Event Attended by Governor Christie, several former governors and other officials
Governor Chris Christie, five former governors, numerous elected officials and nearly 30 members of the Sheridan family joined Cooper University Health Care leaders today for the unveiling ceremony of Sheridan Pavilion at Three Cooper Plaza in honor of the former president and CEO of the health care system. Mr. Sheridan joined Cooper in 2005 and served as president and CEO of The Cooper Health System from 2008 until his and his wife’s death in 2014.
In addition to Governor Christie, the event was attended former New Jersey Governors Tom Kean, James Florio, Don DiFrancesco, Jim McGreevey, and Jon Corzine. The event was also attended by a number of other state, county, and local elected officials as well as dozens of business and community leaders.
“John Sheridan left a lasting legacy at Cooper University Health Care and in Camden, a city he worked tirelessly to improve,” said George E. Norcross III, chairman of the Board of Trustees of Cooper University Health Care, at the unveiling. “Now and forever, in celebration of the lives of John and Joyce Sheridan, and in tribute to all they did for Cooper University Health Care and the City of Camden, this building will be known as the Sheridan Pavilion by the tens of thousands of patients, employees, and visitors who come here annually or drive through the campus.”
Built in 1986, the Sheridan Pavilion is a 160,000 square feet, five-story ambulatory care building in the heart of the Cooper Health Sciences Campus in Camden. The Campus was one of the many projects spearheaded by Mr. Sheridan as part of his revitalization efforts in the city. Mr. Sheridan was passionate about serving the Camden community. The building that bears his name averages more than 100,000 patient visits a year and houses primary care, specialists, and community health physicians that provide care for local residents and families.
Mr. Sheridan joined Cooper in 2005 after a long career in public service and in the law. Prior to joining Cooper, he was a senior partner and co-chairman of the law firm of Riker, Danzig, Scherer, Hyland & Perretti, LLP. He also served in high-level positions in state government, including commissioner of Transportation, chairman of the board of the New Jersey Transit Corporation, general counsel to New Jersey Turnpike Authority, deputy attorney general of the state of New Jersey, assistant counsel to Governor William Cahill, and counsel to the New Jersey Senate Minority. He also served as a member of the board of trustees for the Carrier Clinic for 25 years. Joyce Sheridan was a high school social studies teacher who focused on teaching students with difficult lives and who struggled academically.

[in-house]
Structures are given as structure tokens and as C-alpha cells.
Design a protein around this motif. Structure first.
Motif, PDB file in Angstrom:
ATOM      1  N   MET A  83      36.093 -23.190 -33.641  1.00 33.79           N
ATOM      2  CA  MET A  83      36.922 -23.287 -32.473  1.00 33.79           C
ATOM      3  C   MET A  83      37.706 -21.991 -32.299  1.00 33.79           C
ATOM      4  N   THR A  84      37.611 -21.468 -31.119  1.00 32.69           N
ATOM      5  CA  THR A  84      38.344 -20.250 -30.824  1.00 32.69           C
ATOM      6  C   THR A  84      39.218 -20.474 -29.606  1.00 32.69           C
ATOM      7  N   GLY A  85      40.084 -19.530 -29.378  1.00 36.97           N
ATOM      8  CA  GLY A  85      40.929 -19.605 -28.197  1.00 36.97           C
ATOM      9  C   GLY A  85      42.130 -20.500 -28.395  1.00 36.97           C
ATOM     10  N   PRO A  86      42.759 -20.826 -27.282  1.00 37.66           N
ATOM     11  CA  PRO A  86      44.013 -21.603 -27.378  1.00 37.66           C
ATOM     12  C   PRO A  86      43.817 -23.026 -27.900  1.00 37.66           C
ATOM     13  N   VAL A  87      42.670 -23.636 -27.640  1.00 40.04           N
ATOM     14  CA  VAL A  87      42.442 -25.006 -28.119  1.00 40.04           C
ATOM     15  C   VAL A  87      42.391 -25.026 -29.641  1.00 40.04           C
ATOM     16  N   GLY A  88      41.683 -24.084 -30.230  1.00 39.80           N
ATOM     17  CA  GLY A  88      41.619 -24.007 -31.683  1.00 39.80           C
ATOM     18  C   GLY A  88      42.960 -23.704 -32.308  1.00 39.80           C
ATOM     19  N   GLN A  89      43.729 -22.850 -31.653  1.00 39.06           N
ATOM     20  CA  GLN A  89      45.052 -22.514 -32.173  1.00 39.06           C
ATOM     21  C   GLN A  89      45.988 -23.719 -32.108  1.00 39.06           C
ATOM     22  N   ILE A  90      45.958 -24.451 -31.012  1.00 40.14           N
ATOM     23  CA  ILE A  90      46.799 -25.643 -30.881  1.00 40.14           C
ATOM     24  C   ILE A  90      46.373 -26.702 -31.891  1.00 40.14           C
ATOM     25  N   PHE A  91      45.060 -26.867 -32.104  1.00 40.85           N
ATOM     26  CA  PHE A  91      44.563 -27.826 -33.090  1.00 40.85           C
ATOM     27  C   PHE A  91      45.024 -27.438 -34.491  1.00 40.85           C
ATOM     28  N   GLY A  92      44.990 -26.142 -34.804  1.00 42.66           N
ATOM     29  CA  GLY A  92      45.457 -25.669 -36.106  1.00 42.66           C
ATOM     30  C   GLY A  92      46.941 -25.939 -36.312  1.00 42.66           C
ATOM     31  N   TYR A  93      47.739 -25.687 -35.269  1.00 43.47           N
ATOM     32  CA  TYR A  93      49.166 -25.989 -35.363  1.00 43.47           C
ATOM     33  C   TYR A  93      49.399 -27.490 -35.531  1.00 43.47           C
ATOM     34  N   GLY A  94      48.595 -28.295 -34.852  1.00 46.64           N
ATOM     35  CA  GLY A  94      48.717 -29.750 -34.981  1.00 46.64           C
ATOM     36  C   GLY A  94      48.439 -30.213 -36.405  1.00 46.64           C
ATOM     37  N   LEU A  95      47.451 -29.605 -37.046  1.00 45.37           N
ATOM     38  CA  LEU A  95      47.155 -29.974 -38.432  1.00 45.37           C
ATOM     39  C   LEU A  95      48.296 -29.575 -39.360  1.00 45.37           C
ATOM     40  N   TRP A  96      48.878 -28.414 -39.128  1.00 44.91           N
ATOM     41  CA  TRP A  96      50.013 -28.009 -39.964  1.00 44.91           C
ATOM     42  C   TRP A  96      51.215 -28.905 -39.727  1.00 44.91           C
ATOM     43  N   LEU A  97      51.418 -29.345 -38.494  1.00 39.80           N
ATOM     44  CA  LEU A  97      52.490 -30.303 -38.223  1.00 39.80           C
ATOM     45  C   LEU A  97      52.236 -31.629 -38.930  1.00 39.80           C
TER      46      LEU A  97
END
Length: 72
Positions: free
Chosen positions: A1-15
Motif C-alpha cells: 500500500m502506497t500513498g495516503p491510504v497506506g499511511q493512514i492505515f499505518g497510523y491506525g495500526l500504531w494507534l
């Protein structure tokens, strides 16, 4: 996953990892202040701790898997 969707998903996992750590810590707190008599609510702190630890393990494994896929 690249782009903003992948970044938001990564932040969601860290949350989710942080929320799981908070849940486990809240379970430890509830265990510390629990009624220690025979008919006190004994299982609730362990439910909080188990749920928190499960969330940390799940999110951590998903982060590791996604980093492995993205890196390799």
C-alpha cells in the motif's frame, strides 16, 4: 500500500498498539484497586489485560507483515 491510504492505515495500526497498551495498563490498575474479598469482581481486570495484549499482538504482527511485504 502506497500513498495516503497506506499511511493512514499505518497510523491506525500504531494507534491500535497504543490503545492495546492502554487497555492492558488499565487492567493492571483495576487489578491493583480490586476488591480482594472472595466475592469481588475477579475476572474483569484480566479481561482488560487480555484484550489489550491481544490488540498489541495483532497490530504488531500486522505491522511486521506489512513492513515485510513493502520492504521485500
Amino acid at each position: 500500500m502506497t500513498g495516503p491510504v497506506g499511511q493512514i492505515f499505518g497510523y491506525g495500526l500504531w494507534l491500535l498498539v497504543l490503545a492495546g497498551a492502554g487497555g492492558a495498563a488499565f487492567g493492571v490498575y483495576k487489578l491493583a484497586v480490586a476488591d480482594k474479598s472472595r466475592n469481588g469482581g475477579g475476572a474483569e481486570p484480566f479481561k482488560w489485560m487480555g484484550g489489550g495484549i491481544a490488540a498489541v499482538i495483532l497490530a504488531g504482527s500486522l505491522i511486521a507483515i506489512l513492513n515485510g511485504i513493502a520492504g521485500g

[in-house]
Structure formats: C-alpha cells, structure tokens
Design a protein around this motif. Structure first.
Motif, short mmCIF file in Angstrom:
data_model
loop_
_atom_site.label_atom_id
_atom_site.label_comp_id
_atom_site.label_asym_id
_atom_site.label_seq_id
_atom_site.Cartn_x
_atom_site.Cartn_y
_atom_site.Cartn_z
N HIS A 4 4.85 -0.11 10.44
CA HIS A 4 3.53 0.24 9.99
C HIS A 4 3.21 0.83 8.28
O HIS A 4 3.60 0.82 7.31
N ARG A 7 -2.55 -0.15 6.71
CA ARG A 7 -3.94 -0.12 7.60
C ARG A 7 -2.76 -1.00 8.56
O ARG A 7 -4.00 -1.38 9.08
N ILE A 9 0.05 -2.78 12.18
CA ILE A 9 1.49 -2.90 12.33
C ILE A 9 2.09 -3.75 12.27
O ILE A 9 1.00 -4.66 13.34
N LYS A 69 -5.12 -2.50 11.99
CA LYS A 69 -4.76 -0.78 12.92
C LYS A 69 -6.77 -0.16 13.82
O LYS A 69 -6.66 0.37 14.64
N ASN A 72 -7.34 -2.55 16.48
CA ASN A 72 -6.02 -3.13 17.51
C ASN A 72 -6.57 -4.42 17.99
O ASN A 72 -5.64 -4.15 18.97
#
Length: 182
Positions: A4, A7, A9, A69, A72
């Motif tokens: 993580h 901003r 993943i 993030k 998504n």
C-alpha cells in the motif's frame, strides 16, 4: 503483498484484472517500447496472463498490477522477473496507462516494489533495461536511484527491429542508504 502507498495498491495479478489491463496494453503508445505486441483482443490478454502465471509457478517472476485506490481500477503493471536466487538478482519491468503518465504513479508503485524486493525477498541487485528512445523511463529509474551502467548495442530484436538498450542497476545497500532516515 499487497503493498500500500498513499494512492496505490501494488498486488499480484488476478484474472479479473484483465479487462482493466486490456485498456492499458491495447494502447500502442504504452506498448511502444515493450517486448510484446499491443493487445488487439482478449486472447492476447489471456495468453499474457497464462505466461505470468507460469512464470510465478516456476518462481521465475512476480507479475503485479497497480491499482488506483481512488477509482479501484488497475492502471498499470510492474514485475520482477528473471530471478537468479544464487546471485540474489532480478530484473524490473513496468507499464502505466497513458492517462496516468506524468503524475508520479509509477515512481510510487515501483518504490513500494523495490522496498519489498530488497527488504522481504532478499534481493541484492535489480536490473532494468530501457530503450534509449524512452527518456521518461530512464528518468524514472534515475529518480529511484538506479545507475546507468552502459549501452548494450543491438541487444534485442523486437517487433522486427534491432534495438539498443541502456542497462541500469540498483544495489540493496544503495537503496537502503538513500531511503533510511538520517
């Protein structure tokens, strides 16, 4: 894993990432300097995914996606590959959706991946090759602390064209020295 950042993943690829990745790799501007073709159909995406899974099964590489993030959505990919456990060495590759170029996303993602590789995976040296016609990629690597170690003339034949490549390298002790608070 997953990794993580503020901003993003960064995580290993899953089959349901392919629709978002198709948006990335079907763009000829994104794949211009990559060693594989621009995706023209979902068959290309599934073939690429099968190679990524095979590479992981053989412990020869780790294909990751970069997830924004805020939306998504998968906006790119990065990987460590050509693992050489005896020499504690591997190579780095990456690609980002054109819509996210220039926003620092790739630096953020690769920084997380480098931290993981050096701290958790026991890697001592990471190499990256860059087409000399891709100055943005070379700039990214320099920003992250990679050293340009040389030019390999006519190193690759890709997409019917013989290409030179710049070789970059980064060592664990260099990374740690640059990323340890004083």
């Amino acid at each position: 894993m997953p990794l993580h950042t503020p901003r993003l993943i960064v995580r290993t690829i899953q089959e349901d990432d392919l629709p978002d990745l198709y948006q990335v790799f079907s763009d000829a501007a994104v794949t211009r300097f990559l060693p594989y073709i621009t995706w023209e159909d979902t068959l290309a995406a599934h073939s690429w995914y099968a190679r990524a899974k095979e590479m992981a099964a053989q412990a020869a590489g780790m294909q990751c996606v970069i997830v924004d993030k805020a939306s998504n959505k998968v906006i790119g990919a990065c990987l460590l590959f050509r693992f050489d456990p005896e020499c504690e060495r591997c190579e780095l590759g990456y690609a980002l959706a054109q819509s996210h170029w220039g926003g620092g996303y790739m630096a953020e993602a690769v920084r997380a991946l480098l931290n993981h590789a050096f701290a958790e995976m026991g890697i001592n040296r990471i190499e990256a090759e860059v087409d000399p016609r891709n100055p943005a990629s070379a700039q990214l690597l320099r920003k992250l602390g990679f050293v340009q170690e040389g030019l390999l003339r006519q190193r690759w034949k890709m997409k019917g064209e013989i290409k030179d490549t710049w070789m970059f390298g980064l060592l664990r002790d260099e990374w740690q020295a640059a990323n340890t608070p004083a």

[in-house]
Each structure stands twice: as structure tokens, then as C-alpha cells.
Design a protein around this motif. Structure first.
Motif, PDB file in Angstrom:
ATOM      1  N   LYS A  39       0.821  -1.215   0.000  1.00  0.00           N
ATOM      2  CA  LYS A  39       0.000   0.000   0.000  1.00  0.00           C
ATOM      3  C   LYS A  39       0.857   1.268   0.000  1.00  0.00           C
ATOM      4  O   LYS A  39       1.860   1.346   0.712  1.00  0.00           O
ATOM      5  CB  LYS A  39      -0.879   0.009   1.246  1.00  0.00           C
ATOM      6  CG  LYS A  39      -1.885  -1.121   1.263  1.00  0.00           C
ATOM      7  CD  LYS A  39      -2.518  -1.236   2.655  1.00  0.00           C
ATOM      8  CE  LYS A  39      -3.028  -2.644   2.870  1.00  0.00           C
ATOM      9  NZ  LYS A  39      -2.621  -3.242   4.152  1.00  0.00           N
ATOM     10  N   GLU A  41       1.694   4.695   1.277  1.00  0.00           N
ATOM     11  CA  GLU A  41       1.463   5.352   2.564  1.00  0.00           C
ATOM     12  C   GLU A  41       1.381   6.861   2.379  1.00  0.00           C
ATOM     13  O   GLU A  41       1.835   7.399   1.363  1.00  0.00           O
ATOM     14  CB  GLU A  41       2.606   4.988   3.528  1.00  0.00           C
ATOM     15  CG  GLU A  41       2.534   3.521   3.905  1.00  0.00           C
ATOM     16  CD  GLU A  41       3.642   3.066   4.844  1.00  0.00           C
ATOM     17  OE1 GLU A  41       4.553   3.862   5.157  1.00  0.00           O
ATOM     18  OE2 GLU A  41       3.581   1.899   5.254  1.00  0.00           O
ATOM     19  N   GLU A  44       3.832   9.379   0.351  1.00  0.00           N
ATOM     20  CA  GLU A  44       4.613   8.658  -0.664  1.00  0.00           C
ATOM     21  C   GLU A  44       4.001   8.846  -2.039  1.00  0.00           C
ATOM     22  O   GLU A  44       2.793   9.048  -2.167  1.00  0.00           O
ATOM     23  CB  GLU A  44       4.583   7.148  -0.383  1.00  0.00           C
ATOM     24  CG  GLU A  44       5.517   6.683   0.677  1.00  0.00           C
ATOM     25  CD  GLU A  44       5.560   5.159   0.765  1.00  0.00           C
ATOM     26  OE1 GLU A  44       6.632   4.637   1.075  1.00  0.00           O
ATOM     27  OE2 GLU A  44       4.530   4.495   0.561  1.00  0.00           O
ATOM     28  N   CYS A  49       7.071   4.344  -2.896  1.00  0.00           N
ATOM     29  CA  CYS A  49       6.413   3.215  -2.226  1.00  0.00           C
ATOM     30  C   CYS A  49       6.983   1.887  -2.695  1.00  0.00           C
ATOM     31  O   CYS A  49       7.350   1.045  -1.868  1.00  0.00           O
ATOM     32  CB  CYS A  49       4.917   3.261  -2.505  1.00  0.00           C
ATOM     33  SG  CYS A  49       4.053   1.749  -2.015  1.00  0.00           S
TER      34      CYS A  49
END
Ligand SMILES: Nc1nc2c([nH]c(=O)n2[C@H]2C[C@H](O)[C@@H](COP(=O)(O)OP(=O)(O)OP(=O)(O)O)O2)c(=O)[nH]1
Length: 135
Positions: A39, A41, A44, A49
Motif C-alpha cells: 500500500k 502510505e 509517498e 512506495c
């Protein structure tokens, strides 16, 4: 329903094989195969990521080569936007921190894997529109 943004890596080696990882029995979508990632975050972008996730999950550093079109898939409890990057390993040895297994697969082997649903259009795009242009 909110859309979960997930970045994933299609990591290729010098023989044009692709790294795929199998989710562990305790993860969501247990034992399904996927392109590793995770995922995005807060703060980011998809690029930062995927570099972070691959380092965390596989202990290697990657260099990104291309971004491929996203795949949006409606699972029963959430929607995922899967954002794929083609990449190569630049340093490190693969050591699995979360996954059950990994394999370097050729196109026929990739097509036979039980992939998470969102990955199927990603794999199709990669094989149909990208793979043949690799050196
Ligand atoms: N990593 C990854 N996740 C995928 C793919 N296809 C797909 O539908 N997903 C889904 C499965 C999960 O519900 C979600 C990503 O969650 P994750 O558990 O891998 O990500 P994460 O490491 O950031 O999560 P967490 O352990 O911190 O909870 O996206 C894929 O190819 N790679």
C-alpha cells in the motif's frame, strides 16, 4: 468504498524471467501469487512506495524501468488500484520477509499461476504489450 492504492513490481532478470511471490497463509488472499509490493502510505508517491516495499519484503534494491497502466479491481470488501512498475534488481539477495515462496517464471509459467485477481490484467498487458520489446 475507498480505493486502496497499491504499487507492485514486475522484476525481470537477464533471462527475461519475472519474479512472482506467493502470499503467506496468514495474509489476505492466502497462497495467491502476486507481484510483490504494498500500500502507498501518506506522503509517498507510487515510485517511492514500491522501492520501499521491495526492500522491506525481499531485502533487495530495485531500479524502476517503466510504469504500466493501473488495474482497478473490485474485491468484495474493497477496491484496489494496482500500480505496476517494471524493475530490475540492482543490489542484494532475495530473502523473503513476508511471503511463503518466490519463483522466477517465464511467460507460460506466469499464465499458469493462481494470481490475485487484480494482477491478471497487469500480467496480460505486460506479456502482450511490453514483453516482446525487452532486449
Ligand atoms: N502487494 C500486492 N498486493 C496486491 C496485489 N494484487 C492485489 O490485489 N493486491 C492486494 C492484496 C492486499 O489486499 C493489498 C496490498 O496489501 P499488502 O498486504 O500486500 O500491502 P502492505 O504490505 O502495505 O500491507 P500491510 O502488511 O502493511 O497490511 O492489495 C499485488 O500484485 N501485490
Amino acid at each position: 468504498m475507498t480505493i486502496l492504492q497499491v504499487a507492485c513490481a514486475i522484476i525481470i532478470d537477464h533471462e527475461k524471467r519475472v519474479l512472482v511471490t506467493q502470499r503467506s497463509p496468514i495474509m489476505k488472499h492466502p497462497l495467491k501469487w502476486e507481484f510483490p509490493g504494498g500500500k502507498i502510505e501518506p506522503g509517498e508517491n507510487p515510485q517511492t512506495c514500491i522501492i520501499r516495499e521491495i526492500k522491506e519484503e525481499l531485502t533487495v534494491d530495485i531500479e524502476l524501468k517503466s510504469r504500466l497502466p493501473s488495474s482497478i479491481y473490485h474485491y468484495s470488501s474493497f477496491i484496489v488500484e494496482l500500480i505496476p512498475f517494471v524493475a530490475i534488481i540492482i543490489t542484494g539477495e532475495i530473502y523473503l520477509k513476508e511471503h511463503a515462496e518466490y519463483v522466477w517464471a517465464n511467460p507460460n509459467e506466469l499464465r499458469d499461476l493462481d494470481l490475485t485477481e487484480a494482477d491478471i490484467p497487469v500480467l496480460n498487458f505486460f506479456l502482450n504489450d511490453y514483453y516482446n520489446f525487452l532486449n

“John had such a wealth of experience in law, government, and business and he was liked and respected by everyone,” said Adrienne Kirby, PhD, FACHE, president and CEO of Cooper University Health Care. “He was passionate about helping the local neighborhood, but he also strengthened Cooper and expanded its reach to serve many more patients across the region. John was very special and honoring him and Joyce for all they did for Cooper and Camden is well-deserved.”
Mr. Sheridan played a leading role in many of Cooper’s most significant initiatives in recent history, particularly the revitalization of the neighborhoods surrounding the hospital, construction of the Roberts Pavilion, and the creation of the Health Science Campus.
In partnership with Norcross, the two men turned the four-decade-old dream of creating a four-year allopathic medical school in South Jersey into reality. Mr. Sheridan called the creation of the medical school “a once-in-a-lifetime opportunity,” and Norcross credits him with devising the strategic framework enabling the state government’s approval of the Cooper Medical School of Rowan University. In 2016, the medical school graduated its first class.
One of Mr. Sheridan’s most enduring legacies may be Cooper’s partnership with MD Anderson to create MD Anderson Cancer Center at Cooper. As early as 2002, Mr. Sheridan urged the creation of a top-rated cancer center at Cooper. He deserves a good deal of the credit for the partnership that brought the nation’s number one cancer center to Camden, Norcross said.
“John had great vision and he was the energy behind so many initiatives that have made Cooper the success it is today,” said Norcross. “He was a good friend, a mentor, and role model. John Sheridan is truly missed by every member of the Cooper family.”
“Mom and Dad dedicated themselves to making Cooper and Camden better places; Dad through his tireless efforts at Cooper Hospital and Cooper’s Ferry, and Mom through her unending support of him and his work. They were so proud of the success of the hospital and the revitalization of the surrounding community. We want to thank Mr. Norcross, Ms. Kirby and the Board of Trustees of Cooper for recognizing our parents’ contributions to the City of Camden and to this great institution,” the Sheridan family said.
Wendy A. Marano
Public Relations Manager